“It is trust - not power, wealth, or even love - that is the most important operational resource in our society. Why? Without trust, we would simply be unable to act. If we were not able to trust third parties to act as we expect them to act, we would do anything to avoid getting ourselves involved with them. . . The more we have learned to trust an agent (for example, a company), the more comfortable we are likely to be relying on that agent in the long term. For trust is based on the experience that an agent has fulfilled our expectations in the past. And trust creates confidence that that agent will also fulfill our expectations in the future. For this reason, trust cements existing relations and at the same time acts as a magnet for future relations. Obviously, this applies not only in business. The same law holds in politics and other areas, even in our everyday lives and personal relationships.”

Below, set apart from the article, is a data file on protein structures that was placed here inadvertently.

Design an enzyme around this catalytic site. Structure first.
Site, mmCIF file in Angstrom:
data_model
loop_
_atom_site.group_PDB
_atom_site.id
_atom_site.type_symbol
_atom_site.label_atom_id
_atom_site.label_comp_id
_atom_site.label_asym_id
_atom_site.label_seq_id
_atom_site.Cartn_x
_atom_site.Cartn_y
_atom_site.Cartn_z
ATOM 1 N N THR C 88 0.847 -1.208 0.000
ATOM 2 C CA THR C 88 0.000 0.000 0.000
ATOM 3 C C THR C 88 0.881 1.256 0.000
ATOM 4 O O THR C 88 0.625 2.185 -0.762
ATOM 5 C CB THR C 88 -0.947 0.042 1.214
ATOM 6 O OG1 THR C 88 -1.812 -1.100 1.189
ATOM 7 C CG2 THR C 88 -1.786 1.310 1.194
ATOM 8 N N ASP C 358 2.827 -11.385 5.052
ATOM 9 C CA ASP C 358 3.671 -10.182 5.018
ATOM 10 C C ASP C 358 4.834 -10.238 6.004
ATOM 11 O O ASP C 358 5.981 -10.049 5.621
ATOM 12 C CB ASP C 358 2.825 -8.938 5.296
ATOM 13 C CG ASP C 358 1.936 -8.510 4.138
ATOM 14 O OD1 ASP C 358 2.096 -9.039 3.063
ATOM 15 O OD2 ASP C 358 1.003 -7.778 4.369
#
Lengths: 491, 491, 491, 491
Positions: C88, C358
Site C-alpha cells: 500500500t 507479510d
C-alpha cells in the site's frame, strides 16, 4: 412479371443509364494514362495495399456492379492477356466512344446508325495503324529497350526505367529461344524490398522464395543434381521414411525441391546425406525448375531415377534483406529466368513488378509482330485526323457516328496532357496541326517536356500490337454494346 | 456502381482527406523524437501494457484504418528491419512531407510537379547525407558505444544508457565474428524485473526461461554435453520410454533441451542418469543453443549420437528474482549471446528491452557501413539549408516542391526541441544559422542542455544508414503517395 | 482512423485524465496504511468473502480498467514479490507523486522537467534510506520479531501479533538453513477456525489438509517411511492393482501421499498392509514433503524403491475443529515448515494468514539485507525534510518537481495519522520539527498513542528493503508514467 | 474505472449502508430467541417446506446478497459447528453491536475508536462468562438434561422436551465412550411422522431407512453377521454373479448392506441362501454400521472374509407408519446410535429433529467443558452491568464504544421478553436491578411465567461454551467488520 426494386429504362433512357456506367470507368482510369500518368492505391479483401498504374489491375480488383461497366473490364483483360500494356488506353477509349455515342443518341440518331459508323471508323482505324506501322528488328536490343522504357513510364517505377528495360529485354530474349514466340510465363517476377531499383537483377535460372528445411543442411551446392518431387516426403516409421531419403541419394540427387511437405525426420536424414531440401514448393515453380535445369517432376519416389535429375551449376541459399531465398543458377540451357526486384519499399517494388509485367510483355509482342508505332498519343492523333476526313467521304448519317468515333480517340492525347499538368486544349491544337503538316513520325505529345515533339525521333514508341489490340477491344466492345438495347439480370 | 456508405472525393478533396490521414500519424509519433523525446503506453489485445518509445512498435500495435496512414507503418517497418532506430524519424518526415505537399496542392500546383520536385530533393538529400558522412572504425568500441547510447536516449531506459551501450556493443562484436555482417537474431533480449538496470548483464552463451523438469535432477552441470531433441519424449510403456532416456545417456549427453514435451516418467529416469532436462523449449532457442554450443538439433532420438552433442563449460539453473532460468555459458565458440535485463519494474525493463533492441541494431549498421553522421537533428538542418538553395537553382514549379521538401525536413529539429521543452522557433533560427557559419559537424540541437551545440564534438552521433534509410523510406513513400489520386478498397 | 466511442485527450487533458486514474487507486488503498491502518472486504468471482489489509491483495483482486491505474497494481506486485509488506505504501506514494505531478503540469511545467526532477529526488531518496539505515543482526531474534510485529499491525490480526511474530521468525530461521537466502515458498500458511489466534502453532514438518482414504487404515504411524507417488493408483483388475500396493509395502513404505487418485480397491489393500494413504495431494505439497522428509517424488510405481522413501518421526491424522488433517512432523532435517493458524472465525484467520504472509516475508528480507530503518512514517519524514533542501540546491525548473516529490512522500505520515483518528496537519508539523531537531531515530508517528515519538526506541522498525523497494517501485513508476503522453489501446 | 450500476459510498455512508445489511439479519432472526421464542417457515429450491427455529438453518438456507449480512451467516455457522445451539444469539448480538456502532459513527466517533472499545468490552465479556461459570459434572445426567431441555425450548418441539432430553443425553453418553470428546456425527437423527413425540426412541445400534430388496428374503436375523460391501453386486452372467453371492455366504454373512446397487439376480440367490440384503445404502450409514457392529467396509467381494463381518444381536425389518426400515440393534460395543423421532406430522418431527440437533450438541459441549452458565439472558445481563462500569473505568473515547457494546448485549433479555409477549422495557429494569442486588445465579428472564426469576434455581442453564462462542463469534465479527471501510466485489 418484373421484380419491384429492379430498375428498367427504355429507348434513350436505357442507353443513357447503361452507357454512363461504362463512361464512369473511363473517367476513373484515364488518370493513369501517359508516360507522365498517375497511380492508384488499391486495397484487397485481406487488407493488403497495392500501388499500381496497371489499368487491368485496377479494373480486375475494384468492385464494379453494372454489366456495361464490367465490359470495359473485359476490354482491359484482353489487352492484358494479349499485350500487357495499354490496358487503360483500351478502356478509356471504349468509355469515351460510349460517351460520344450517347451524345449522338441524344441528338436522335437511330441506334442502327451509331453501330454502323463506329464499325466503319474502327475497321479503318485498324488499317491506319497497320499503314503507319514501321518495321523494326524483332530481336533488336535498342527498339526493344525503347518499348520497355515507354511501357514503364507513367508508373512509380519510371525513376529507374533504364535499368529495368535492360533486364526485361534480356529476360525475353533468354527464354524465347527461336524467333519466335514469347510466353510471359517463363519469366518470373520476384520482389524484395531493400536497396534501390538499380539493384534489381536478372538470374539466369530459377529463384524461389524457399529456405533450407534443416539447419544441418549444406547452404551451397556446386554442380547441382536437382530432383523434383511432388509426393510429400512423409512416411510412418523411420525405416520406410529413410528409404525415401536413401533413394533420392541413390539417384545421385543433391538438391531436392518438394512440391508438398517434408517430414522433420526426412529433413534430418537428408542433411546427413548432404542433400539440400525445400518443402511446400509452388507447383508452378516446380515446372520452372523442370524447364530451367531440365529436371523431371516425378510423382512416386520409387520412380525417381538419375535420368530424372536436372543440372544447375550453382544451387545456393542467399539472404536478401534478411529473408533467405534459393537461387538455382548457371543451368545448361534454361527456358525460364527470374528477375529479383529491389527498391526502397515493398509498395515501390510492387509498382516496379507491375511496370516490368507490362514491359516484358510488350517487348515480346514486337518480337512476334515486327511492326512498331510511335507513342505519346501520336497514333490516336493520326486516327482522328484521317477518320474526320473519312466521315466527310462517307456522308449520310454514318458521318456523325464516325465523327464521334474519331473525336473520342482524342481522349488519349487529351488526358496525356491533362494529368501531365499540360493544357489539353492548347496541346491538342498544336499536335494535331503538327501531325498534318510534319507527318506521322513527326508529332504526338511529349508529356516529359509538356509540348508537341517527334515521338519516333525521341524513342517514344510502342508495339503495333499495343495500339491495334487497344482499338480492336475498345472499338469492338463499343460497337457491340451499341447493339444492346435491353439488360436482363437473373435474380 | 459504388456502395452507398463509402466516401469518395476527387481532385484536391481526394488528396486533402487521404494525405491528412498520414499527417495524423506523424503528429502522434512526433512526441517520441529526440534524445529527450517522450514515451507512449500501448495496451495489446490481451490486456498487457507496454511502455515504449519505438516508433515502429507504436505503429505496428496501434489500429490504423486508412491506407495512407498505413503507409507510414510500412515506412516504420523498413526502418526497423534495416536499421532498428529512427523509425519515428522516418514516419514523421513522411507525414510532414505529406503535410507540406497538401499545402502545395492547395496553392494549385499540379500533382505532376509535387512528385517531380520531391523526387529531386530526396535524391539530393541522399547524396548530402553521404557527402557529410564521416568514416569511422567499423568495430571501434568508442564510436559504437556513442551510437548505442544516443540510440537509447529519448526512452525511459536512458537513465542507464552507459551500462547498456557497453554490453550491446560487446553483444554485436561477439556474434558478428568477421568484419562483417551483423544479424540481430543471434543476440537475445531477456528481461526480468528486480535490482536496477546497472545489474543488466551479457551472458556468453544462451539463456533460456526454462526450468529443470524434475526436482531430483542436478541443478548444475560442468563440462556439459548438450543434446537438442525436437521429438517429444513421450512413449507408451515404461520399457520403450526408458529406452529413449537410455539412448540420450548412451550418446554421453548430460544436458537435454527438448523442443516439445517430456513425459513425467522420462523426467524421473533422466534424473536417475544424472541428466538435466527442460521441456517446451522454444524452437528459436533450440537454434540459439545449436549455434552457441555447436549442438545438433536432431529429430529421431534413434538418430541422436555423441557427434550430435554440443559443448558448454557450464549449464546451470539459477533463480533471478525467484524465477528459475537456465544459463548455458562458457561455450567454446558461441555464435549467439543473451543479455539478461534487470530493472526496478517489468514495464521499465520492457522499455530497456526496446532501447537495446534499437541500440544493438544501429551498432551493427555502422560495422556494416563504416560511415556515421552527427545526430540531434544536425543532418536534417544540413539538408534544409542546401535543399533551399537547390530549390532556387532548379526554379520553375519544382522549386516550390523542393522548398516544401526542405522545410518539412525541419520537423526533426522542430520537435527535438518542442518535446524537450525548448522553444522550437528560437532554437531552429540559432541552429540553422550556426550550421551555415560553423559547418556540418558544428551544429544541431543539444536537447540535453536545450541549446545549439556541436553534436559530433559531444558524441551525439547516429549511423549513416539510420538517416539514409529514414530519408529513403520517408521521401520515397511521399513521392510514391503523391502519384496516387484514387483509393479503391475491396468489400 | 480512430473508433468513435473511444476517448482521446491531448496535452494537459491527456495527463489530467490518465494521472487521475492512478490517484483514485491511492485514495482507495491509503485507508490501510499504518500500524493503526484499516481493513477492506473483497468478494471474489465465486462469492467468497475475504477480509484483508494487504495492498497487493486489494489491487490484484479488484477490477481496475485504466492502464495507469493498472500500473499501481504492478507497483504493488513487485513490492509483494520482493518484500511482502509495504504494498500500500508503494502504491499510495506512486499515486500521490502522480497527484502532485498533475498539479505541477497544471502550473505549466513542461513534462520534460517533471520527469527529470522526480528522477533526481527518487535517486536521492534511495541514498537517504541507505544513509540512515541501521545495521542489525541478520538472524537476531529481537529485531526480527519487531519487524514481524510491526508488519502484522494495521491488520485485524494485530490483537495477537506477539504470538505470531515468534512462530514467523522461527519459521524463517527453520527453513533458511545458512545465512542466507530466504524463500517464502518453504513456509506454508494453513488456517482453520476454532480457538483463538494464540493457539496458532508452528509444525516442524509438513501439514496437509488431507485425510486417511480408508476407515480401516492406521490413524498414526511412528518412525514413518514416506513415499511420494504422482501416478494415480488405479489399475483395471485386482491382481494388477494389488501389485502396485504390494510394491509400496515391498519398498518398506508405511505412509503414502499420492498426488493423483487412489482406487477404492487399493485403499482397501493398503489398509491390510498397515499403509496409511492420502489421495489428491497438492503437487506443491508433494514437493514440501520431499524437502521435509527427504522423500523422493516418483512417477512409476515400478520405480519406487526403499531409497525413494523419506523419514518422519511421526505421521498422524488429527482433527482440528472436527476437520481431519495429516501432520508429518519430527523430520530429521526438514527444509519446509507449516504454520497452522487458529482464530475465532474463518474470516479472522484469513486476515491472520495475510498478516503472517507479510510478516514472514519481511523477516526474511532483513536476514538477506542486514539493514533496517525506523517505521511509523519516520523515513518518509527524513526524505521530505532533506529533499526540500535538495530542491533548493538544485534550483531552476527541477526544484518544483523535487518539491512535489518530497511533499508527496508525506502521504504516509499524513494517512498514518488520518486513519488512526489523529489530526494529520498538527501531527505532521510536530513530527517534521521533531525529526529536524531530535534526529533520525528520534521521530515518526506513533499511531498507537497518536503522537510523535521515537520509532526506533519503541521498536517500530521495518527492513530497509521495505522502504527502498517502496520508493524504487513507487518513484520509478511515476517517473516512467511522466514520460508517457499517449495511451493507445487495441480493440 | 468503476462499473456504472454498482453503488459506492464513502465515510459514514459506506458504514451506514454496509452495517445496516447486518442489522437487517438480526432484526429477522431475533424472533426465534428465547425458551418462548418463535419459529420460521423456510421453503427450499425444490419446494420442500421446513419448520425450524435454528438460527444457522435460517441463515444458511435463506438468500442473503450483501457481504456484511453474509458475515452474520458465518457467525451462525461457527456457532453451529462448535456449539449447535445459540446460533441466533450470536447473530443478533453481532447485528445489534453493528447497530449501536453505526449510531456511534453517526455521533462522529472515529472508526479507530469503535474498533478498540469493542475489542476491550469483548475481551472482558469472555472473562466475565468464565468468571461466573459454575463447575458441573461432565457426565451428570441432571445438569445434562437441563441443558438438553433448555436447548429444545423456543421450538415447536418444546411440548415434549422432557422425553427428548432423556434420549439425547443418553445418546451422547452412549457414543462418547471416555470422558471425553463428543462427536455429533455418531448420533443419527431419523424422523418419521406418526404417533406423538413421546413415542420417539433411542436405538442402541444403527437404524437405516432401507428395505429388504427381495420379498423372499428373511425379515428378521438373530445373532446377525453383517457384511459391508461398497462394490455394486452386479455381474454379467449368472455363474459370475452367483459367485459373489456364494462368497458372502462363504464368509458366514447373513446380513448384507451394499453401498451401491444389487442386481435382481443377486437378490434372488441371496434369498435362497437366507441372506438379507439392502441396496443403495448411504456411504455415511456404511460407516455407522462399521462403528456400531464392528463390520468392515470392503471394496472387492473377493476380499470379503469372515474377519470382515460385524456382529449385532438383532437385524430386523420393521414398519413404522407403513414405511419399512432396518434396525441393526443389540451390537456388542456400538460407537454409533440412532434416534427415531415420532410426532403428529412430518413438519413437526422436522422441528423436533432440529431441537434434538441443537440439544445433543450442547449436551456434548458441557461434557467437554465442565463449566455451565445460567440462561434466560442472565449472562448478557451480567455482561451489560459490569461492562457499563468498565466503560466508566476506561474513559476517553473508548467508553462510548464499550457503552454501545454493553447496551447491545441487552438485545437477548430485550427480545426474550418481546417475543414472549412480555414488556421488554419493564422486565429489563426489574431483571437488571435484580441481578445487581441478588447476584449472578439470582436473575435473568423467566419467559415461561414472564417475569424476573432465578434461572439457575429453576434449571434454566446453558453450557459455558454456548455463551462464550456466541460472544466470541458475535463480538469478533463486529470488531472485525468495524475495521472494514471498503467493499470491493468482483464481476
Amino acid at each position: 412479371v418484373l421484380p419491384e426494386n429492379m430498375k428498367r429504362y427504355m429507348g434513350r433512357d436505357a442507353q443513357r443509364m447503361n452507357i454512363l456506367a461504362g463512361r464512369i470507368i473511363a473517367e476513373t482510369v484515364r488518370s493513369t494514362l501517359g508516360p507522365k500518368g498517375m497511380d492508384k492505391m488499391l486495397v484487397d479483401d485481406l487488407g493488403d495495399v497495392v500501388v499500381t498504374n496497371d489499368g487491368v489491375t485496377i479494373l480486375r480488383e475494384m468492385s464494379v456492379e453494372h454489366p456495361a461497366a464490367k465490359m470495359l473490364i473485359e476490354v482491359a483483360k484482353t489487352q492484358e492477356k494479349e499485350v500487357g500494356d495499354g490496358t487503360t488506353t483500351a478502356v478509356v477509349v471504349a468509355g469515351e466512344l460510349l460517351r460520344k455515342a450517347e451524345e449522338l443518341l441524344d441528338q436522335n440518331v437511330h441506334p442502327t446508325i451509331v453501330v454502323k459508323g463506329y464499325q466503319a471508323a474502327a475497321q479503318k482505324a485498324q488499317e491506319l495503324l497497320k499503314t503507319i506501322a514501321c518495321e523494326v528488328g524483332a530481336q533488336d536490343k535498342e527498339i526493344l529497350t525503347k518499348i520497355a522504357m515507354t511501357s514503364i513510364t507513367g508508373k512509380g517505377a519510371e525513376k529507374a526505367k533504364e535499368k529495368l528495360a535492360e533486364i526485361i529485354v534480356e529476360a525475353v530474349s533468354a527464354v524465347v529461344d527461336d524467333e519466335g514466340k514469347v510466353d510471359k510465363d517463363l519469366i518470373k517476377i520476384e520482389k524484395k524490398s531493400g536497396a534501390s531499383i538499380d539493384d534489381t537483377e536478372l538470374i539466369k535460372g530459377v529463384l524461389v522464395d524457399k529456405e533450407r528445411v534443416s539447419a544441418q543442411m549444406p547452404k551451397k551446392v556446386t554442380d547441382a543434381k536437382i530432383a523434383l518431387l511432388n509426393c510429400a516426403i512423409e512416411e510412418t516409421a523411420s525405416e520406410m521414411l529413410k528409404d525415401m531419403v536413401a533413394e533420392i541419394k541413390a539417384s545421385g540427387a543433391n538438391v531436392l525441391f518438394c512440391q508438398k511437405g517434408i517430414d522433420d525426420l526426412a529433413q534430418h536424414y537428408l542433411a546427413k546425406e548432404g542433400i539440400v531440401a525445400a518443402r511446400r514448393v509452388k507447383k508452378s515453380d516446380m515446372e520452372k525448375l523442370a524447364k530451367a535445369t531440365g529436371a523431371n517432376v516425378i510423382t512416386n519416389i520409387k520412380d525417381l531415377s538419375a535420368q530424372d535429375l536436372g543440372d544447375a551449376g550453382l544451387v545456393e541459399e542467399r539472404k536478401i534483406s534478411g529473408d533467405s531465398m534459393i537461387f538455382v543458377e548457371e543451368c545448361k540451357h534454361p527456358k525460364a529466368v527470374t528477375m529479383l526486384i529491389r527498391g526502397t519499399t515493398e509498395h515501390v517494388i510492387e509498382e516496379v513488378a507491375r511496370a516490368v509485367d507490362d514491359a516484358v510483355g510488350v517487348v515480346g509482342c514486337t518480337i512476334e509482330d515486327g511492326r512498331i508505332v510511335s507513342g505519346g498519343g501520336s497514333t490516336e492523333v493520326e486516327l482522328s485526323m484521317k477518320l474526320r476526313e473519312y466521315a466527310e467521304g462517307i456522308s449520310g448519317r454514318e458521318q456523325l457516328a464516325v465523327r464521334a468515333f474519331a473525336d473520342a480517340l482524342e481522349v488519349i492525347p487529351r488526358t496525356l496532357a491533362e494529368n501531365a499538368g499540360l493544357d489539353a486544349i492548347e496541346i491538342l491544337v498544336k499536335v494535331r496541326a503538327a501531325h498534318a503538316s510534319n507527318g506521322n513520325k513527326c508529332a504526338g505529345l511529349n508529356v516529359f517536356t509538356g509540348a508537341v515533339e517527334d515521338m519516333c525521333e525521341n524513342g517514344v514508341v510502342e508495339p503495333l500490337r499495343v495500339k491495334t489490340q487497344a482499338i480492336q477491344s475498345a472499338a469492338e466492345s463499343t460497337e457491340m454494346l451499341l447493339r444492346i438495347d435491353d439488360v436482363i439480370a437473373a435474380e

So, how does a company establish a culture of trust, especially large, large global company like IBM or the News Corporation? To begin with, the company needs a simple, concrete set of values that helps establish its identity and drives all its actions.
In 1963, Thomas Watson Jr, IBM’s second Chairman and CEO and son of its founder, published a remarkable book, A Business and its Beliefs, which remains as relevant today as it was when it was first published almost fifty years ago. At the beginning of the book, Mr. Watson wrote:
“I firmly believe that any organization, in order to achieve success, must have a sound set of beliefs on which it premises all its policies and actions.”